Formal training program by NASA. And then, uh, of course in the astronaut office, you know, back in those days during the space shuttle days, and even nowadays with the international space station, with the astronaut office, there’s only a few of us that are actually flying a space at any given time. And the huge majority of us are working jobs that basically only other astronauts can work jobs that have to do with supporting our astronaut friends that are in space or perhaps are.
Training to fly in space or came back and now they have to adapt to light back on earth and astronauts can do those types of jobs and help other astronauts better than basically anybody else can. So the three and a half years I had after those two years of training were spent primarily doing technical jobs in the astronaut office.
I was involved in a lot of engineering, upgrades and technical upgrades to the space shuttle orbiter, which is the space plane that we call the space shuttle. That we used to fly. And early on in my NASA career, I can remember asking one of my astronaut friends who had been there a couple of years saying, you know, I don’t even know why they involve astronauts on these engineering teams to do shuttle upgrades and stuff like that because these engineers are the best engineers in the world.
And they’re smarter than most of us could ever hope to be. Why in the heck am I even on these teams? And my, my buddy looked at me like I was crazy and he goes, “Digger, It’s because we’re operators, we’re actually the ones that fly the thing he said, you know, more about operating aircraft and spacecraft than they ever will.”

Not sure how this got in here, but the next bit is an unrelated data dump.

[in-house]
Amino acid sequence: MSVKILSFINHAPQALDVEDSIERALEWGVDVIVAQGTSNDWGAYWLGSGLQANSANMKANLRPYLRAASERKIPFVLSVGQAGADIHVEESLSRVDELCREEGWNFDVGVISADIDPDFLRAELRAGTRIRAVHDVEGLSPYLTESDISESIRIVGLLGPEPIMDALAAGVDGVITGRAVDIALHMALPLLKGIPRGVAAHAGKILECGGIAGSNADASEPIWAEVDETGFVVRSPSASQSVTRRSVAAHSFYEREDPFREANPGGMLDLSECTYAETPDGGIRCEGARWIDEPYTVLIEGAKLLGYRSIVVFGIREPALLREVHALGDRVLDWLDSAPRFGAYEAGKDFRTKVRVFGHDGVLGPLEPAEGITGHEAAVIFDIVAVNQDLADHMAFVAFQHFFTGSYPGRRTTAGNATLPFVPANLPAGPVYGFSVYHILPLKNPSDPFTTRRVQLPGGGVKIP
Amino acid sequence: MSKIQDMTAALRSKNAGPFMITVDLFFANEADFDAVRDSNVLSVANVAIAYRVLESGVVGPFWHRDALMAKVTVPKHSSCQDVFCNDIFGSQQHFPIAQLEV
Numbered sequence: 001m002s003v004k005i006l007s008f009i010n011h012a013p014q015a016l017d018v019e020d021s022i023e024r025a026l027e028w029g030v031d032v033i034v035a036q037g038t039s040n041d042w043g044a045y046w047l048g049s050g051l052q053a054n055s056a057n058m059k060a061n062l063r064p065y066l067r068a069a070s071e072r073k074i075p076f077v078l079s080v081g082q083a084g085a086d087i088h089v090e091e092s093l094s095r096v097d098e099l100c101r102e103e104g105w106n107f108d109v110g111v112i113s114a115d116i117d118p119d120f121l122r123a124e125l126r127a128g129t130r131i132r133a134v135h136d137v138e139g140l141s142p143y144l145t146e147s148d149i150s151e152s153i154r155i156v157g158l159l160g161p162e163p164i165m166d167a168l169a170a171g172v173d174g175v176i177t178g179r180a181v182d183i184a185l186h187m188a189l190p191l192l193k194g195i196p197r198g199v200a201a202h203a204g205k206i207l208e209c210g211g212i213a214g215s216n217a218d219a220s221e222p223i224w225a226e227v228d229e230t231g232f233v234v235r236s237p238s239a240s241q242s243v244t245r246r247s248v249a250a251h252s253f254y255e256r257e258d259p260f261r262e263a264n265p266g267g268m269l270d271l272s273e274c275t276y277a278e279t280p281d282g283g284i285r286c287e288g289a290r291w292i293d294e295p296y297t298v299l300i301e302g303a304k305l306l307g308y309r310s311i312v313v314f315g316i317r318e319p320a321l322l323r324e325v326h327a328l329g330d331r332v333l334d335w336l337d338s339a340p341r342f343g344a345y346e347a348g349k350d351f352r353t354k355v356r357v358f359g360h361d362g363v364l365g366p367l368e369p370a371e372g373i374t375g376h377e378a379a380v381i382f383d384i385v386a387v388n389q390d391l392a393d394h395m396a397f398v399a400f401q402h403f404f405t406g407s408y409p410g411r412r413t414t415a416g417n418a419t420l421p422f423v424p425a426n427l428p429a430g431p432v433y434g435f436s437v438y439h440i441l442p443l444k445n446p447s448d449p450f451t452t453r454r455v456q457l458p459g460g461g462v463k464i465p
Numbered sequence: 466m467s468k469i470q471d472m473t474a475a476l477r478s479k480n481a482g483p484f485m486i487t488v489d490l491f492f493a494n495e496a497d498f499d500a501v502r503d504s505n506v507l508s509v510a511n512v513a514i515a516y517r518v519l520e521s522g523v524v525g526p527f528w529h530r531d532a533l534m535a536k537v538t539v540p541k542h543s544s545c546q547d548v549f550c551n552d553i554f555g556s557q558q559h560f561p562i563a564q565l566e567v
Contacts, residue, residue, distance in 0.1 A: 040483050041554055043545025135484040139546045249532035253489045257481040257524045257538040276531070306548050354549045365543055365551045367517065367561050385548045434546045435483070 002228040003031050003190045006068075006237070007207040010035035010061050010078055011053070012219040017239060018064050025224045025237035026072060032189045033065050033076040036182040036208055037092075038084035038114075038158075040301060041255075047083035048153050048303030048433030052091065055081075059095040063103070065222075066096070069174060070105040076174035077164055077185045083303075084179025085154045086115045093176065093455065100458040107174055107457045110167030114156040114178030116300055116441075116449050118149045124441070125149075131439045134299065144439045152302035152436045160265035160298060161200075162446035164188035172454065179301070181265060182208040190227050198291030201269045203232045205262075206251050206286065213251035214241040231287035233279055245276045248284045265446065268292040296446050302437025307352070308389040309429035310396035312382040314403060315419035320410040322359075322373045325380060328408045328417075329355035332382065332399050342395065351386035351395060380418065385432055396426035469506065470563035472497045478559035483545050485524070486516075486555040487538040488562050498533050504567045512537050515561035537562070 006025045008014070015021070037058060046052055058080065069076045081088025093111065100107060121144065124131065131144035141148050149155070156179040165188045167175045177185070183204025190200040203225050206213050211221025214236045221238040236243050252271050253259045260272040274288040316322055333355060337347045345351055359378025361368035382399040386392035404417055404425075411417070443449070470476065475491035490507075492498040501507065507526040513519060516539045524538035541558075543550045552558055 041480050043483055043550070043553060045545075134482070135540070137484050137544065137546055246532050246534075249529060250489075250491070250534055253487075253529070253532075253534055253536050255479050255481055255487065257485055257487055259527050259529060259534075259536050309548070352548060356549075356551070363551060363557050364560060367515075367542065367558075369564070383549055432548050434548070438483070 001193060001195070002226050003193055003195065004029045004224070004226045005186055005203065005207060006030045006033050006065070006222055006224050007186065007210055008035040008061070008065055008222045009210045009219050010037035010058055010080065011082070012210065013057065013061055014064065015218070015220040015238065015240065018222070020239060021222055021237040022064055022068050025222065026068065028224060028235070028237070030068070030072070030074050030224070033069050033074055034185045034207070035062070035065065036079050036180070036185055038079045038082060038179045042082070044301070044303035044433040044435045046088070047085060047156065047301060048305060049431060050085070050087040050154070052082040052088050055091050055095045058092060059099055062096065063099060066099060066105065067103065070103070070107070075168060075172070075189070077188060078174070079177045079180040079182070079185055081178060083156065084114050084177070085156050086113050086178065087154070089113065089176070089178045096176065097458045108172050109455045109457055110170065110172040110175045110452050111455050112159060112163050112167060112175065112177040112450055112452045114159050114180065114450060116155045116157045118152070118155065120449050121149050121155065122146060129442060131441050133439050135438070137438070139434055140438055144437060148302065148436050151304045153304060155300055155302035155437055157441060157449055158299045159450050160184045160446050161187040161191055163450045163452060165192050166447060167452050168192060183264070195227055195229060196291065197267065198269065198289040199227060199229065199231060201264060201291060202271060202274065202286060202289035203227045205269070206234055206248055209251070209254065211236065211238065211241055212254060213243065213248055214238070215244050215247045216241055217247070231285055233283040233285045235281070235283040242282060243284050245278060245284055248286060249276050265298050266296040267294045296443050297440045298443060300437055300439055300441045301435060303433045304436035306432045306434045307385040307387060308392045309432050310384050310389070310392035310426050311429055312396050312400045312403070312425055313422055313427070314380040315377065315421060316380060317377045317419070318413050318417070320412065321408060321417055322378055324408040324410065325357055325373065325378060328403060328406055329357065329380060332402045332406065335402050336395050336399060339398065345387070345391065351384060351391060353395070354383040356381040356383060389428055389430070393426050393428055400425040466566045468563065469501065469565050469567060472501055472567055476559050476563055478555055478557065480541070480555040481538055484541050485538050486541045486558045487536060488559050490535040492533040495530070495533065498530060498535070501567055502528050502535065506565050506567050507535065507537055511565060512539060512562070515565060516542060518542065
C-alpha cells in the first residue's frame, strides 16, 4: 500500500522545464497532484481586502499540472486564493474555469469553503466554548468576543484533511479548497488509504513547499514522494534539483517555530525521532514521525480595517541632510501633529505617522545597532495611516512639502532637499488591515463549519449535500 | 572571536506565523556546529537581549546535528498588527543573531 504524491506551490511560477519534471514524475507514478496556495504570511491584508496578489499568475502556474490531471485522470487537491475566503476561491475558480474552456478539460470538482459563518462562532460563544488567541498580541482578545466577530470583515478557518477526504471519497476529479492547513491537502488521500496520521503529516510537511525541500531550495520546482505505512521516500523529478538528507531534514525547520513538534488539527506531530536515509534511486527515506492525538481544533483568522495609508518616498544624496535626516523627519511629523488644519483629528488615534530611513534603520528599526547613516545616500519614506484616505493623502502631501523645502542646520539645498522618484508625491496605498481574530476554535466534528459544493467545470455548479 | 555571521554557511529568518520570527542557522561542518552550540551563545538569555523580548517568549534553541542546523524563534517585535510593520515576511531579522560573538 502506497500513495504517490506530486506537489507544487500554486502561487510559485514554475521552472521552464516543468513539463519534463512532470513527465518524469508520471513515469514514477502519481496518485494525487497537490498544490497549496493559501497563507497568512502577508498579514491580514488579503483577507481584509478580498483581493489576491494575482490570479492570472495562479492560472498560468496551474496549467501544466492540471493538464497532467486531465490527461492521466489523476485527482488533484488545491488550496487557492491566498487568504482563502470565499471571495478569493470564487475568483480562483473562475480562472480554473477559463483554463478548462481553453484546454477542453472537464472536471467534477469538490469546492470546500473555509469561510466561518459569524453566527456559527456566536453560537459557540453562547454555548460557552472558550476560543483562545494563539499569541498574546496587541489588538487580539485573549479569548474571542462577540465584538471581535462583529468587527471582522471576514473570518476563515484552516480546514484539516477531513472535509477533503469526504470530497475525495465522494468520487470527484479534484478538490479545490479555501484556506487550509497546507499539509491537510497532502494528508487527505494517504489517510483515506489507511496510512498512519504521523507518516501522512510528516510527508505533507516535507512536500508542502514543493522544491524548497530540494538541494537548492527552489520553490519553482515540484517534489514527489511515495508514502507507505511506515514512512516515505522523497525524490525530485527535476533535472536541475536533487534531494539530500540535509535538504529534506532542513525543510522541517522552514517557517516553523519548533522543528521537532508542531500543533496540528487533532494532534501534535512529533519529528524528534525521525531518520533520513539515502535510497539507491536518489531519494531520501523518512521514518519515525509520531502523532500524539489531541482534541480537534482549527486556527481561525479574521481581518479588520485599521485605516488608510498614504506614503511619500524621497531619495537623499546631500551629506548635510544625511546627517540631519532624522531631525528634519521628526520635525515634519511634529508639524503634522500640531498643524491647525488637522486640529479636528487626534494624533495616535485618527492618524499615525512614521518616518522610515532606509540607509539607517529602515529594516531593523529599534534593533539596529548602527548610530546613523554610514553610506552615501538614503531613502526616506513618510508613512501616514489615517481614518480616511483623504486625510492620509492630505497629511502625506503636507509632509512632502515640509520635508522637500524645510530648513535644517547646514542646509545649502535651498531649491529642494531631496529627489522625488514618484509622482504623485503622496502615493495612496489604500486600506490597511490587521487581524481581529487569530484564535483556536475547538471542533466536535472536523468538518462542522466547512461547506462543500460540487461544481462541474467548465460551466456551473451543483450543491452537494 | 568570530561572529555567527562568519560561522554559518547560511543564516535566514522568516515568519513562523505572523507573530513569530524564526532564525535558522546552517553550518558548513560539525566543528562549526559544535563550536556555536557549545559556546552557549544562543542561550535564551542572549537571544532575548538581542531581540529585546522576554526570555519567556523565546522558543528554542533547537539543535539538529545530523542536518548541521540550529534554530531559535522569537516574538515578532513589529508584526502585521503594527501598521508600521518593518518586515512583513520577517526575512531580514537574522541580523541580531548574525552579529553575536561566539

They know how to build them, but they don’t know how to fly them. And I thought, huh, this is really what we bring to the table. The rocket scientists are awesome, but they don’t, they don’t fly the dang things. And so for those three and a half years, and actually almost a year was spent training for my mission.
So for two and a half years, I was involved in technical upgrades to the, to the space shuttle, different systems that they were looking to make veterans stuff like that, working on teams with other engineers. And a couple of years after I was there, NASA put out another round of invitations for people to come and be astronauts.
And I knew a lot of the folks that were applying a lot of the test pilots that were applying to be astronauts. And I was talking to one of my old friends that was going to. Going for an interview cause he wanted to be an astronaut. And he said, what is daily life like here at NASA? If you’re not training to fly in space, just a regular job as an astronaut.
And I looked him in the eye and I said, you know, in a lot of ways it’s quite boring compared to being a fighter pilot or a test pilot life here is a lot slower. I said, you have to look yourself in the mirror and decide and ask yourself why you want to be an astronaut. One thing I always had going for me, Andrew was that I was passionate about space exploration. I feel like it’s right up there with the most important things that that mankind can do with the most important and challenging types of careers that any person can have space exploration is vital to the future of our species as human beings. I mean, how long are we going to be here?
The earth is a fragile spaceship and it’s not going to last forever. And we know that as a matter of fact, it could end tomorrow due to an asteroid collision or something like that. So we have to be prepared. We have to work toward being a spacefaring species, get away from our cradle and be able to live other places if we’re gonna survive.